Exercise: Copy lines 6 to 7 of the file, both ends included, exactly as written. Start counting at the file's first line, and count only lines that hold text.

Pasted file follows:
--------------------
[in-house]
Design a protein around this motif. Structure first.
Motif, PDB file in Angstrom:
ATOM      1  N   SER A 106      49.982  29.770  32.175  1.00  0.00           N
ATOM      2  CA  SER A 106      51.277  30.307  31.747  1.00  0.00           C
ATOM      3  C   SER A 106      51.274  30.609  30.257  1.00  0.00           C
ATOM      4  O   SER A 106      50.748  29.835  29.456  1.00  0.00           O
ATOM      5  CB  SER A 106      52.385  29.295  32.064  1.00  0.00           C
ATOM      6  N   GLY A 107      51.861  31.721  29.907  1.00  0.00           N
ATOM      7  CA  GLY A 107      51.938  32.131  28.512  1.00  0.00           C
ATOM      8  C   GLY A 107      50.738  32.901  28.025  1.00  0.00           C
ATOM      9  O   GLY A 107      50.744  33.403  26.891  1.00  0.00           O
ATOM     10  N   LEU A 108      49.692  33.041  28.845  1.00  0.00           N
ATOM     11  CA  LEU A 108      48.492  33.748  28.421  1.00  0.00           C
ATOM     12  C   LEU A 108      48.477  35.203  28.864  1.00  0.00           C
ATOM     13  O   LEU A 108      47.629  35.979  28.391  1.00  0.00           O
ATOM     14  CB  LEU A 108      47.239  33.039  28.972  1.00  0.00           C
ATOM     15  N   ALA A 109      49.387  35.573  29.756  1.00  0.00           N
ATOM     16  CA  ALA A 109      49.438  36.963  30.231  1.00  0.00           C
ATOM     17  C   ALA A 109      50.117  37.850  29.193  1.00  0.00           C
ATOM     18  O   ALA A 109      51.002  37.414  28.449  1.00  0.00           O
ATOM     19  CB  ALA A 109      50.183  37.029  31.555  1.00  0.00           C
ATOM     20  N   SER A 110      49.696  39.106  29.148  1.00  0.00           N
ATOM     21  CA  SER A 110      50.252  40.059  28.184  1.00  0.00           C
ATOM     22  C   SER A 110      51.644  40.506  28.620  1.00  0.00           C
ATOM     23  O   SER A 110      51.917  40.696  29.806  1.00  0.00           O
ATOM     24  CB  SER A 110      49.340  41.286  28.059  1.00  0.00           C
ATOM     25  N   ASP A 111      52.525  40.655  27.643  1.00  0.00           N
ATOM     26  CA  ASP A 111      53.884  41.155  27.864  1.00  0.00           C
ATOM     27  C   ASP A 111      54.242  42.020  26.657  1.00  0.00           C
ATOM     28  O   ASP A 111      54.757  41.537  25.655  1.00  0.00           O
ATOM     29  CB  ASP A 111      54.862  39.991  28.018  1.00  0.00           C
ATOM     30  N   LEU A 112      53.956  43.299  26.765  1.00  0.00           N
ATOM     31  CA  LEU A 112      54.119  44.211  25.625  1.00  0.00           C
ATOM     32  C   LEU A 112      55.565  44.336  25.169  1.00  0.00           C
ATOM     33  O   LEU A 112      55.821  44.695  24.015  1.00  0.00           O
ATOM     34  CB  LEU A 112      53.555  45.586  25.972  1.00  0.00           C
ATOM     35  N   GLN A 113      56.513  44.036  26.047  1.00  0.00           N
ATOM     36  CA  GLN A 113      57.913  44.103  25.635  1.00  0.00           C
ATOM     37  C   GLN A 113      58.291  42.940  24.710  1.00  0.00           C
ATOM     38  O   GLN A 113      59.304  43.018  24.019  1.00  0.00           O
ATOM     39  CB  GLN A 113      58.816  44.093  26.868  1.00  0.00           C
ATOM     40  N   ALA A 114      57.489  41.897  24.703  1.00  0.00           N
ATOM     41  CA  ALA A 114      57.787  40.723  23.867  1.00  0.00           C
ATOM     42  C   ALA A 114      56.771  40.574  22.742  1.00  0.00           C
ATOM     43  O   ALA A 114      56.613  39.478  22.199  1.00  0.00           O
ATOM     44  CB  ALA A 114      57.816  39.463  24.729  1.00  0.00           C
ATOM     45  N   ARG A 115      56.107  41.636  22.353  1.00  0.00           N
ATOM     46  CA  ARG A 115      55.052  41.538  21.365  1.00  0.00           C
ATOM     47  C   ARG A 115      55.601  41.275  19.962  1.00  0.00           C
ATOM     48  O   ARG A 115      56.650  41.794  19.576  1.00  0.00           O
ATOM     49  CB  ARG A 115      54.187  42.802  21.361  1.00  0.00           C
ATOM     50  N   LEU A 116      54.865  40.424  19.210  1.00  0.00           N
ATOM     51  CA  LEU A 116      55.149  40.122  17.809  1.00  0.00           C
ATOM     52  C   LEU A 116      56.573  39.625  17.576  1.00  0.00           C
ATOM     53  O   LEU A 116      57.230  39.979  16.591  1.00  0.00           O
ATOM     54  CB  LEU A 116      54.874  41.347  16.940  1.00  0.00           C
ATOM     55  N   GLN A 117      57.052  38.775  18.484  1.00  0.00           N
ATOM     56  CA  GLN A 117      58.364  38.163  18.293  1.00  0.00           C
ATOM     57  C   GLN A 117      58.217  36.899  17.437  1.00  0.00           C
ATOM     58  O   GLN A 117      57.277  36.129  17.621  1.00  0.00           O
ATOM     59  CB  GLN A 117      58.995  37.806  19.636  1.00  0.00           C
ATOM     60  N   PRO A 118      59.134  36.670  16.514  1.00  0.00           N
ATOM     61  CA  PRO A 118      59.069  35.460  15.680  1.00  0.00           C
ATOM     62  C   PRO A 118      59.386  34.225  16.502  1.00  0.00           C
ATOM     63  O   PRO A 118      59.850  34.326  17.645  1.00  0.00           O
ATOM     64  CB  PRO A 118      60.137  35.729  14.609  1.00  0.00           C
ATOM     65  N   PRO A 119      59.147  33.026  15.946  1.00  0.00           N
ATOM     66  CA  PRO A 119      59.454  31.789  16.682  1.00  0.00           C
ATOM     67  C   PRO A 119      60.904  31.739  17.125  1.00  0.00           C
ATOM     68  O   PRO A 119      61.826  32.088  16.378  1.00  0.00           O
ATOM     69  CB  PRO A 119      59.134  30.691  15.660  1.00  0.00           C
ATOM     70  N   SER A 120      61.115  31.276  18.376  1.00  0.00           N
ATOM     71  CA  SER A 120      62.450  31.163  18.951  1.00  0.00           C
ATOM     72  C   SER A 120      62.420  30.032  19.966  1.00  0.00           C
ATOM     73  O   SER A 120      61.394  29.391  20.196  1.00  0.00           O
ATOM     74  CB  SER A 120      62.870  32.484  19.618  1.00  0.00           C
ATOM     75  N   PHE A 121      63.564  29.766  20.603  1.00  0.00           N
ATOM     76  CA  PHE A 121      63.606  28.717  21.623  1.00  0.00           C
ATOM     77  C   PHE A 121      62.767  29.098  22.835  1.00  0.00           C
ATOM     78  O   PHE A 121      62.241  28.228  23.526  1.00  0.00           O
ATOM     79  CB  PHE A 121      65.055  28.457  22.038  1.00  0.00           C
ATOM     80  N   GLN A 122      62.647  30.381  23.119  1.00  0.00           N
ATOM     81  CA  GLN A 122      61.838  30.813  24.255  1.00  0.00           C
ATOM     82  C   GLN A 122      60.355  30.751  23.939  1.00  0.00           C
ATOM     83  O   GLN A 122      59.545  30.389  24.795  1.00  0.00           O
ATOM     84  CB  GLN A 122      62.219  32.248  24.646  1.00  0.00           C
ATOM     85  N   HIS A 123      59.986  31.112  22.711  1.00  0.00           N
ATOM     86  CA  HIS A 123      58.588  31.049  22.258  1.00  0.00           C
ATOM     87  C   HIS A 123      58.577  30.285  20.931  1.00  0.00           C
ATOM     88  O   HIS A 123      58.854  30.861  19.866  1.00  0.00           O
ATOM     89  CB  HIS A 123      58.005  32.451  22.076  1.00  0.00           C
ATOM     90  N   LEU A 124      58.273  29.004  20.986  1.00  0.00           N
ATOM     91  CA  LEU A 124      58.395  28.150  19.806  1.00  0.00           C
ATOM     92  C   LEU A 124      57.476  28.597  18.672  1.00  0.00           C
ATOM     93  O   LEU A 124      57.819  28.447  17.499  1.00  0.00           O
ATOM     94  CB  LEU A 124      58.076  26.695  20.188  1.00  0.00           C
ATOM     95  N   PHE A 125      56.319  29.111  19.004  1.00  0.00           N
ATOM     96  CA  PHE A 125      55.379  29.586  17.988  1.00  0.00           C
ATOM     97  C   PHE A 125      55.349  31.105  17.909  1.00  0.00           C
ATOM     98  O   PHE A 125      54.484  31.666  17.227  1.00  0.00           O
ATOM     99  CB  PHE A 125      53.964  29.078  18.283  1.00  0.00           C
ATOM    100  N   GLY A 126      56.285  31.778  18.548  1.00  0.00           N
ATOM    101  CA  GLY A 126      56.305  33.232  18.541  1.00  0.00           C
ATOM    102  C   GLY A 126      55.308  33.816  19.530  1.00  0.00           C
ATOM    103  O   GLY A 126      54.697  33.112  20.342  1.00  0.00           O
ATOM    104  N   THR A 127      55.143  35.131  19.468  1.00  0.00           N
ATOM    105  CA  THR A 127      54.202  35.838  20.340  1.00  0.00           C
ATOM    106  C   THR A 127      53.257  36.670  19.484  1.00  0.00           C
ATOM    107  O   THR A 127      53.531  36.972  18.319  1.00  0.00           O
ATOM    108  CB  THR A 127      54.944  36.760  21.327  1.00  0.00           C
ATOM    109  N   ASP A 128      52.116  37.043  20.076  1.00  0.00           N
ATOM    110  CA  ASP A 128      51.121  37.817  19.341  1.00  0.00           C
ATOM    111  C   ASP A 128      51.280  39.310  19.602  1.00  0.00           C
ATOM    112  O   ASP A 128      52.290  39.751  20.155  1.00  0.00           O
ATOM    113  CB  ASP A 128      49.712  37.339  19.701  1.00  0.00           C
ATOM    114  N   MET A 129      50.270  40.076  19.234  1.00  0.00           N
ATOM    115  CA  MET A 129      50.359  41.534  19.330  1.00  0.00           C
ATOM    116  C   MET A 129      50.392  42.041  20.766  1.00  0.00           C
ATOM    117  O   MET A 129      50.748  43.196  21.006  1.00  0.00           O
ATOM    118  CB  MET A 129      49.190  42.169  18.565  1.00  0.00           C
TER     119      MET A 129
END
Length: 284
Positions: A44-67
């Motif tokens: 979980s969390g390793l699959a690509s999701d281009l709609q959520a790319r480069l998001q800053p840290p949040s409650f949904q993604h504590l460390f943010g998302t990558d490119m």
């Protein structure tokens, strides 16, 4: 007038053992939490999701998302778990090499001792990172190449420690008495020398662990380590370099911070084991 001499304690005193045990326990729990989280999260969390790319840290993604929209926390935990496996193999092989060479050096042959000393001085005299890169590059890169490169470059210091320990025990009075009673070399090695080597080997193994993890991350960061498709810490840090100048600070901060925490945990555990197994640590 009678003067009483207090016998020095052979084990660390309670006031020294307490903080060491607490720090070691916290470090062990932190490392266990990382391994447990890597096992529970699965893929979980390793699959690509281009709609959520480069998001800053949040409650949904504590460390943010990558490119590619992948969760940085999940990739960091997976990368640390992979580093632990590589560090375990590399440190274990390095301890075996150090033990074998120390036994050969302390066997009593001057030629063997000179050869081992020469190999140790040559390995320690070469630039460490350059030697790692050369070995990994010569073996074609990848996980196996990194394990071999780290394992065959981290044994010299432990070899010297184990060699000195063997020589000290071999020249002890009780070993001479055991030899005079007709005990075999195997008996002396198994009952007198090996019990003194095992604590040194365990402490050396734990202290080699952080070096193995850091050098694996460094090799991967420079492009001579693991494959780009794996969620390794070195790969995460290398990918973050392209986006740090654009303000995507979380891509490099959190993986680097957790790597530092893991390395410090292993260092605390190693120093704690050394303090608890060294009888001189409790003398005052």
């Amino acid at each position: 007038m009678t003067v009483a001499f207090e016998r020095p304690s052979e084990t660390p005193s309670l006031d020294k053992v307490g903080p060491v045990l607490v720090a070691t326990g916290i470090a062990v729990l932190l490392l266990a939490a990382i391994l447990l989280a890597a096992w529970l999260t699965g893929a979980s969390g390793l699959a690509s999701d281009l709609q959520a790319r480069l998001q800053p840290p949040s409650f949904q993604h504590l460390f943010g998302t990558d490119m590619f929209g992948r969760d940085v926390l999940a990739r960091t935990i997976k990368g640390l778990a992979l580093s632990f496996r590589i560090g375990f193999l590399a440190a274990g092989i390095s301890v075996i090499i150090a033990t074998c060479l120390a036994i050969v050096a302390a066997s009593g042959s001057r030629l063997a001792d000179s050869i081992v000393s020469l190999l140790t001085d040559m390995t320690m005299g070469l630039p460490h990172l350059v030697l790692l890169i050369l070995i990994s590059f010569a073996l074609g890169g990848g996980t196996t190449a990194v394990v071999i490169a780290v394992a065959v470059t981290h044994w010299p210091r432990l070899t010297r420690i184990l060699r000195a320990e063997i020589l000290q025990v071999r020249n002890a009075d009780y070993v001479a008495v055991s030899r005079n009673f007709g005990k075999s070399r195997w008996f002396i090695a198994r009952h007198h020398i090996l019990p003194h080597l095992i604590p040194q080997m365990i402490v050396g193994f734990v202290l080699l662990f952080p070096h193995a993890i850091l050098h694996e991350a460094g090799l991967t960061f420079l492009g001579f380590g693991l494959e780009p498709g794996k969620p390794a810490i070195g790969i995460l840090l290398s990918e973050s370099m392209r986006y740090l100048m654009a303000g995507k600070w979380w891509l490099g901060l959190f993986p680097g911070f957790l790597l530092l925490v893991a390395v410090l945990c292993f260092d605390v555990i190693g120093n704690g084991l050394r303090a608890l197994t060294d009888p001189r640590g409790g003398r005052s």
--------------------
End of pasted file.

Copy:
ATOM      3  C   SER A 106      51.274  30.609  30.257  1.00  0.00           C
ATOM      4  O   SER A 106      50.748  29.835  29.456  1.00  0.00           O